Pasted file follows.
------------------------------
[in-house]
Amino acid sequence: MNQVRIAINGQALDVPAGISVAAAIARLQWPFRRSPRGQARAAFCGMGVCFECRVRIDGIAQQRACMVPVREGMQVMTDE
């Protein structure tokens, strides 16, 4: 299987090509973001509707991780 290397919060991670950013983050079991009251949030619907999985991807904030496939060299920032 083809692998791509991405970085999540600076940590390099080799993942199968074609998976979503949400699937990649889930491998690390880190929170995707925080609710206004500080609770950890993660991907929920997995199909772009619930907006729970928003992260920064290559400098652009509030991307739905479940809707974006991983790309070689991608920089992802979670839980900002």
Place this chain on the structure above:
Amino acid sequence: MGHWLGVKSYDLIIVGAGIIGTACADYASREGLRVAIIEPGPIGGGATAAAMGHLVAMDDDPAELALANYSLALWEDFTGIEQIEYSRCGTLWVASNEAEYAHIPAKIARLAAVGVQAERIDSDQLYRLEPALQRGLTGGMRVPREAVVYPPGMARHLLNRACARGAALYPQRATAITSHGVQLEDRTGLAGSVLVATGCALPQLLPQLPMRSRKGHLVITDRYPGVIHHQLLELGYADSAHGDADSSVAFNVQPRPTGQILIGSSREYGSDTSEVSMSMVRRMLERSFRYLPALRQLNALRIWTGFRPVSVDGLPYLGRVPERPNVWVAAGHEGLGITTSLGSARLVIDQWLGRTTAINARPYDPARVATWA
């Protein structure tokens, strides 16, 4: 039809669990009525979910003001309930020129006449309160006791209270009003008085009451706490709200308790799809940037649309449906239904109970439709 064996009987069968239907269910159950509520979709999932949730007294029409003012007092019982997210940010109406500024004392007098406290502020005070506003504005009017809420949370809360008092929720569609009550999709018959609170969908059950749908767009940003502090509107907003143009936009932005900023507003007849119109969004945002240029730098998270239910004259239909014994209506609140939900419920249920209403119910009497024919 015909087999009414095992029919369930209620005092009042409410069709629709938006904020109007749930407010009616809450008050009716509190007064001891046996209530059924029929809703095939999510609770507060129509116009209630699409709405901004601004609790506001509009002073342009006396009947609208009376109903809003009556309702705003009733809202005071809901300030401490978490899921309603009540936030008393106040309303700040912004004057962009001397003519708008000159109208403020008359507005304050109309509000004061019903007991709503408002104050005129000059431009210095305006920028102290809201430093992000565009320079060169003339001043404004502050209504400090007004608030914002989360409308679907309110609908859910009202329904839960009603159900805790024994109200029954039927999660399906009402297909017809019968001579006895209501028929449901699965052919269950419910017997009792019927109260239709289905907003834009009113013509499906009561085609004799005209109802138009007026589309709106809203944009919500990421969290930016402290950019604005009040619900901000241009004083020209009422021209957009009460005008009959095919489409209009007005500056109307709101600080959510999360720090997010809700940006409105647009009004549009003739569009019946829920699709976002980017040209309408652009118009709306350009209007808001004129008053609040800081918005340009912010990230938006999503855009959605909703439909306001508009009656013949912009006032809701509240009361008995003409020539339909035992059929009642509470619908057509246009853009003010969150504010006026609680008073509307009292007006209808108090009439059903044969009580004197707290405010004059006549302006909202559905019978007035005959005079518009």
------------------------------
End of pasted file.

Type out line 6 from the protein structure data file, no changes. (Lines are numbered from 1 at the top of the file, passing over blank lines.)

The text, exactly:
């Protein structure tokens, strides 16, 4: 039809669990009525979910003001309930020129006449309160006791209270009003008085009451706490709200308790799809940037649309449906239904109970439709 064996009987069968239907269910159950509520979709999932949730007294029409003012007092019982997210940010109406500024004392007098406290502020005070506003504005009017809420949370809360008092929720569609009550999709018959609170969908059950749908767009940003502090509107907003143009936009932005900023507003007849119109969004945002240029730098998270239910004259239909014994209506609140939900419920249920209403119910009497024919 015909087999009414095992029919369930209620005092009042409410069709629709938006904020109007749930407010009616809450008050009716509190007064001891046996209530059924029929809703095939999510609770507060129509116009209630699409709405901004601004609790506001509009002073342009006396009947609208009376109903809003009556309702705003009733809202005071809901300030401490978490899921309603009540936030008393106040309303700040912004004057962009001397003519708008000159109208403020008359507005304050109309509000004061019903007991709503408002104050005129000059431009210095305006920028102290809201430093992000565009320079060169003339001043404004502050209504400090007004608030914002989360409308679907309110609908859910009202329904839960009603159900805790024994109200029954039927999660399906009402297909017809019968001579006895209501028929449901699965052919269950419910017997009792019927109260239709289905907003834009009113013509499906009561085609004799005209109802138009007026589309709106809203944009919500990421969290930016402290950019604005009040619900901000241009004083020209009422021209957009009460005008009959095919489409209009007005500056109307709101600080959510999360720090997010809700940006409105647009009004549009003739569009019946829920699709976002980017040209309408652009118009709306350009209007808001004129008053609040800081918005340009912010990230938006999503855009959605909703439909306001508009009656013949912009006032809701509240009361008995003409020539339909035992059929009642509470619908057509246009853009003010969150504010006026609680008073509307009292007006209808108090009439059903044969009580004197707290405010004059006549302006909202559905019978007035005959005079518009």